REVIEW: Anthony Jeselnik knows no boundaries, and it's hilarious

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Anthony Jeselnik
  • Anthony Jeselnik

The pleasures of dropping babies. The ranking of murder-suicides as the best kinds of suicide. A horse that's considered a hero by the family thanks to it throwing a particularly annoying cousin off its back, resulting in a broken neck.

Yes, comedian Anthony Jeselnik pushes the boundaries of what some would consider "good taste," but he's so good at building his jokes and leading the audience to ever-more-extreme conclusions that his appeal is undeniable — at least for some of us.

At Jeselnik's early show Friday night, one of five gigs he's doing at Spokane Comedy Club over the weekend, he filled the sold-out room with laughs, hoots and one particularly disturbing interruption from what I assume was some drunk guy who yelled, inexplicably and in the middle of a story about a fan letter from a white supremacist, "Drop the mic!"

What the audience member meant, I have no idea, and Jeselnik didn't hear him, so the comedian said, "I'll give you one chance to repeat yourself, but I wouldn't recommend it." The audience roared its approval as Jeselnik swiftly moved on.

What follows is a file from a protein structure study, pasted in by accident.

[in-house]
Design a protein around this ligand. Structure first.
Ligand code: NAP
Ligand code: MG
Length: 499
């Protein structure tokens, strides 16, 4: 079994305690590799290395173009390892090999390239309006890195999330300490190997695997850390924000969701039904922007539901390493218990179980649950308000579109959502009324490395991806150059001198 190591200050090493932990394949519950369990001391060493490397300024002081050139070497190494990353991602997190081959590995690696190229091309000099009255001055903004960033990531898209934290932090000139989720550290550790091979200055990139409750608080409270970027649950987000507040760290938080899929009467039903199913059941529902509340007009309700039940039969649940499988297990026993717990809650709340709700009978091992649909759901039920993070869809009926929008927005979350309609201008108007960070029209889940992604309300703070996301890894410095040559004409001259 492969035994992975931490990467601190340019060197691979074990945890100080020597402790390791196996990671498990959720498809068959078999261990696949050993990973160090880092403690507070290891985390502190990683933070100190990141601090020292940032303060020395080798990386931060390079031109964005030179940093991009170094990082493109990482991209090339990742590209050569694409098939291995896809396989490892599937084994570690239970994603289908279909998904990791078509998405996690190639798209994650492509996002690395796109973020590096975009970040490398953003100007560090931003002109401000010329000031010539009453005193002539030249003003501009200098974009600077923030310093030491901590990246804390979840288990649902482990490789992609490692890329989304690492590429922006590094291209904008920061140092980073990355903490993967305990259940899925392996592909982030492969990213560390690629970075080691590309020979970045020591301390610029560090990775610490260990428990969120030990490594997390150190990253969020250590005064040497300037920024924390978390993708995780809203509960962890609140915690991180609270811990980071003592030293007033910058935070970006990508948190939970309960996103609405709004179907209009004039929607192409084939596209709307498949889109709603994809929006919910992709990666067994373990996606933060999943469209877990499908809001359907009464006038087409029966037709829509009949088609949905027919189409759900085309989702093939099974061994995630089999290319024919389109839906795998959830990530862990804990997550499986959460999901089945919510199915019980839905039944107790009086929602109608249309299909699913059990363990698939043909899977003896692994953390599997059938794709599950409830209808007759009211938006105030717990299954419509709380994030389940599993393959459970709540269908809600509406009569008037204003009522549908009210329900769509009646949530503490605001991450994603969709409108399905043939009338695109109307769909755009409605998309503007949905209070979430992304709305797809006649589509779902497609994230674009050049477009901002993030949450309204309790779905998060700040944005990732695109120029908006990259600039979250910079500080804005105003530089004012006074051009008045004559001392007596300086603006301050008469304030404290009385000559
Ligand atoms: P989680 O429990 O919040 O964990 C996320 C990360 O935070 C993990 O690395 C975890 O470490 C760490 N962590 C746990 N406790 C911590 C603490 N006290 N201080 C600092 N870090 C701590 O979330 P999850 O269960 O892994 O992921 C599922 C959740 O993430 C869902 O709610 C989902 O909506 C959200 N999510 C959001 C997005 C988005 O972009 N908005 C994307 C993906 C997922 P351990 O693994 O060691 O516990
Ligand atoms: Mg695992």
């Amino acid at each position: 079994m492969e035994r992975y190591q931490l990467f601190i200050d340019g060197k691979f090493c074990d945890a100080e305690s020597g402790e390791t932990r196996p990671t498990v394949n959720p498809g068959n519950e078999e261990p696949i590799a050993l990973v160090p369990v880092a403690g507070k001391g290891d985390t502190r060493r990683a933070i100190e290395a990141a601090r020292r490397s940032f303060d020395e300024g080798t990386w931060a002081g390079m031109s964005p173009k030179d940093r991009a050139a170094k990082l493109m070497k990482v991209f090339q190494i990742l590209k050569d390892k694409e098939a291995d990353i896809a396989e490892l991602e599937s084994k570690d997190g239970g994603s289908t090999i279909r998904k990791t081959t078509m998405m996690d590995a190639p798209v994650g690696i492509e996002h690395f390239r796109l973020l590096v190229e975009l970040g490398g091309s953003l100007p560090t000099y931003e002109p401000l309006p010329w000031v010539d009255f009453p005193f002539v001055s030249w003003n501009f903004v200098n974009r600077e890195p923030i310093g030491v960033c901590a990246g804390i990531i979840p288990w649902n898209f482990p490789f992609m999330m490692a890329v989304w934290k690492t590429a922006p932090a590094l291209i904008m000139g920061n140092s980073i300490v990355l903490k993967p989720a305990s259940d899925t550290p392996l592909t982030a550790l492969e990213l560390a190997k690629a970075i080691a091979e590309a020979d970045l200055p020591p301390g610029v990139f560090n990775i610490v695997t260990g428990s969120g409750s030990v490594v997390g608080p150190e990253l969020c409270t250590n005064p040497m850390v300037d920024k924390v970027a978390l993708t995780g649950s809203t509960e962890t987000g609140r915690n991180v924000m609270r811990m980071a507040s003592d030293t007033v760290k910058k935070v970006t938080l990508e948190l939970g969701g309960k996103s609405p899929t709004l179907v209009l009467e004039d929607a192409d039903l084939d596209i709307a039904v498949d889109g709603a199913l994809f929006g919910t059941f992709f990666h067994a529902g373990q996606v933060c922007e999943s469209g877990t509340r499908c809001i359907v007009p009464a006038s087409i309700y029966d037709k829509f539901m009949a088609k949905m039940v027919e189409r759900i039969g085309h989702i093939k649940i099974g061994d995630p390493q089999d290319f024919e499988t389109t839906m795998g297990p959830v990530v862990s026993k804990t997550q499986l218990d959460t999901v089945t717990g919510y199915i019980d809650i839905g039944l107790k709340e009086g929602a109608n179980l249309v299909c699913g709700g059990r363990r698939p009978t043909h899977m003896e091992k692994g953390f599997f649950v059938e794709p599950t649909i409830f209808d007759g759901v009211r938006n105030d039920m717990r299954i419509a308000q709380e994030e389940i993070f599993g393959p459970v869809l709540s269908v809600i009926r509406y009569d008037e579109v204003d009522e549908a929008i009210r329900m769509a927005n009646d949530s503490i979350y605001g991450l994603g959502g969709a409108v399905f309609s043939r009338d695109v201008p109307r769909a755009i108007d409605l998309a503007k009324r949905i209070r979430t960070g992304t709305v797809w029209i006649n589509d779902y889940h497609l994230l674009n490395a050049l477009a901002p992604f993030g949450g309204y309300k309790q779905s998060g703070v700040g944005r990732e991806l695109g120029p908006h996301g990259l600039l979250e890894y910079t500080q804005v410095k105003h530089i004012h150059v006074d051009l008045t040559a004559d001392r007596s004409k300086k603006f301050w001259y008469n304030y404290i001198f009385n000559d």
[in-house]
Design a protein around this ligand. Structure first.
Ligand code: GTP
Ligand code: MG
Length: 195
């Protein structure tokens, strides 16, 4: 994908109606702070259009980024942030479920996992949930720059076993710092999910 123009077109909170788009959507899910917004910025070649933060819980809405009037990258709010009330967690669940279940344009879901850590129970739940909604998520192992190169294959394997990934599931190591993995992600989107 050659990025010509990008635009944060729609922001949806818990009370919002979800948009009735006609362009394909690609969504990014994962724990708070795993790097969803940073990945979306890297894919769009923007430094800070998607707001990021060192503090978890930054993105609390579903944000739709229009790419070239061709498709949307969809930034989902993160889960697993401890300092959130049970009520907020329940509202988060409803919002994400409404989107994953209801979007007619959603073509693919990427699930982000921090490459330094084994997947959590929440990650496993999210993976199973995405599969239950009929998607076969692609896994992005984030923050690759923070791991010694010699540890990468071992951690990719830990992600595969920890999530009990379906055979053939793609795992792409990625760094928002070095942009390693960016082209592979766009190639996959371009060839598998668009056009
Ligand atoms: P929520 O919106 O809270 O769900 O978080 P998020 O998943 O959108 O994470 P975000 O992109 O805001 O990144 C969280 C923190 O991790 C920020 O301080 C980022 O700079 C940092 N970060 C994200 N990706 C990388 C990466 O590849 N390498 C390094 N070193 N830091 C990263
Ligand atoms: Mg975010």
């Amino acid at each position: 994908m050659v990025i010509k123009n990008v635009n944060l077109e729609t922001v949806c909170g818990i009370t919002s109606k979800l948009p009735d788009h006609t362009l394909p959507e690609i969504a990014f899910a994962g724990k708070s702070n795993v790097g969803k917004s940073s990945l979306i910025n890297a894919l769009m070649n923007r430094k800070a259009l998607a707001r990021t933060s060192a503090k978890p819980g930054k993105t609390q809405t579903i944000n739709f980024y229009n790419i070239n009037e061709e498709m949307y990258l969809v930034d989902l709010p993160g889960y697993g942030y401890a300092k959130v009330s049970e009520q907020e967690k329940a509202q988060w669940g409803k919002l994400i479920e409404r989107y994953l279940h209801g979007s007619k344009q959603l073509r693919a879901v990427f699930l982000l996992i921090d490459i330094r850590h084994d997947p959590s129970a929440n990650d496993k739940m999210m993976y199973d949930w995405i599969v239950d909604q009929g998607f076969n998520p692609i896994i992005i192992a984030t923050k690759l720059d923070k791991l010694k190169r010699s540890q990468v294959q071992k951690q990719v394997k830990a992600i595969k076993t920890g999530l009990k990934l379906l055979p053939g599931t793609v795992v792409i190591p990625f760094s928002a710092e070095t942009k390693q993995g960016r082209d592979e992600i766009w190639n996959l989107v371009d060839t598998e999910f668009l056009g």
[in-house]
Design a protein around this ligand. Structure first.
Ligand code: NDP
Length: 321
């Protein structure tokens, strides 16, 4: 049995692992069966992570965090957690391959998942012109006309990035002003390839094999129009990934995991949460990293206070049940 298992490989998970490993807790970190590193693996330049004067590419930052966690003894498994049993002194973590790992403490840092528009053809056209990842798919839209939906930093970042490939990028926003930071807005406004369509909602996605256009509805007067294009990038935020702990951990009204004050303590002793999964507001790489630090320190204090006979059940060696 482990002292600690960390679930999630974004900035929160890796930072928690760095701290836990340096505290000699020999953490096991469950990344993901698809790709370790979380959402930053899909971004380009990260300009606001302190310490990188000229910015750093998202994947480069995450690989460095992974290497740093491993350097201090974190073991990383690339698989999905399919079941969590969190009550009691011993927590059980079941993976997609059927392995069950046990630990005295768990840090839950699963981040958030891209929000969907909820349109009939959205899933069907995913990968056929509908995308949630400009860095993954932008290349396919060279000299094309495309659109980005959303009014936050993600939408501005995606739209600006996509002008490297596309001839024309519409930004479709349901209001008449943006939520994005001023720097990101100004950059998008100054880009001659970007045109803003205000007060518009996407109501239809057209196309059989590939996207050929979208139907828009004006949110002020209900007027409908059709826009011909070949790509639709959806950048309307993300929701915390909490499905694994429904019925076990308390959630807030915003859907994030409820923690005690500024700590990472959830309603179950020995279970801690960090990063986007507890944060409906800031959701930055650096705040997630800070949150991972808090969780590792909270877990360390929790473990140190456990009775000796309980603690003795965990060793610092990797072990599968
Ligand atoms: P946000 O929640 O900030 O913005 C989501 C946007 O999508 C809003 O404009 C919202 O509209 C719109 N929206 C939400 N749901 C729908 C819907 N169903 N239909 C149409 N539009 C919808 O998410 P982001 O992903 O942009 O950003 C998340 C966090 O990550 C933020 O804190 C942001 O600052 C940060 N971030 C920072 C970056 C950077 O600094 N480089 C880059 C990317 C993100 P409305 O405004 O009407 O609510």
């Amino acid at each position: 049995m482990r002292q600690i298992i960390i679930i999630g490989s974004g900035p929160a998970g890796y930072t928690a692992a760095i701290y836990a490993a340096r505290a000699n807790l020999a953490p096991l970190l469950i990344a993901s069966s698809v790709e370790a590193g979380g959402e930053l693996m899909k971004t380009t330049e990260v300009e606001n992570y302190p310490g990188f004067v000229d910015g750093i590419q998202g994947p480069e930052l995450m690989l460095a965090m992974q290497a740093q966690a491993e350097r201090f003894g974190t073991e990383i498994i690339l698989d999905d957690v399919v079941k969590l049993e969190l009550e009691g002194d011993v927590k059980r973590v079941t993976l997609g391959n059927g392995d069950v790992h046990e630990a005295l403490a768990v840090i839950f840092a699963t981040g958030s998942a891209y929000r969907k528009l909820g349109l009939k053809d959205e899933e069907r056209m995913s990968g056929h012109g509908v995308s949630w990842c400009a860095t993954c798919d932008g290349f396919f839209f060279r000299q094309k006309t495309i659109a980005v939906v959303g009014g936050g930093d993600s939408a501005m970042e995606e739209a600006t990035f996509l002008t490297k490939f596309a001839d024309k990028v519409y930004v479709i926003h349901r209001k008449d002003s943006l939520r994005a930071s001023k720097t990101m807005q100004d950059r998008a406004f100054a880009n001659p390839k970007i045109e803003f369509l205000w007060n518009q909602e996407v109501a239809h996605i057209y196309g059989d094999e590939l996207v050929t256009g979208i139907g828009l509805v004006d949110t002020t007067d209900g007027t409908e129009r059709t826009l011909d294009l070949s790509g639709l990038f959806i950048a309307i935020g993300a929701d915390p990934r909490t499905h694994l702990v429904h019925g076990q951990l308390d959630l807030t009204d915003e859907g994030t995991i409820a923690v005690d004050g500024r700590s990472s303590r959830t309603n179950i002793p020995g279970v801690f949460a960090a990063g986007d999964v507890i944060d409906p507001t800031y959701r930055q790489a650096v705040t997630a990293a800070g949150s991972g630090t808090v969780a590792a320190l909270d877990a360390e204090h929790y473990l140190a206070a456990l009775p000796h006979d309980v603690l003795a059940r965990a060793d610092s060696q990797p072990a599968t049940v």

On stage, the tall comedian (currently sporting a beard) carries himself as the ultimate ego-centric asshole, and a sociopath to boot, to great comedic effect. His ability to lead the audience in one direction through a story, only to twist the end with a hilarious insult aimed at seemingly innocent subjects, makes for a style all his own, and one that clearly connects with a large audience.

Basically, everything is a target for Jeselnik's jokes, from the opening acts who performed before him, to the town that's hosting him: "This is my first visit to Spokane. I'm sorry, what I meant to say was, this is my last visit to Spokane." Over the course of the show I saw, everyone from a deaf neighbor to Jehovah's Witnesses to his parents came into his comedic crosshairs, and it all worked remarkably well.

Is Jeselnik's style for everyone? No, but no comedian's style is. He's masterful at creating a character and a great hour of laughs, and in this case built to a 10-minute bit about taking a friend for an abortion that was a concise distillation of his style. You might squirm through it, but you'll laugh a lot as you do.

Jeselnik performs two shows Saturday night at Spokane Comedy Club. The 7:30 pm show is sold out, but there are still tickets available for 10:30 pm as of Saturday morning. Don't be late; opener Megan Gailey was pretty great, mocking her upper-class upbringing and white privilege to great effect.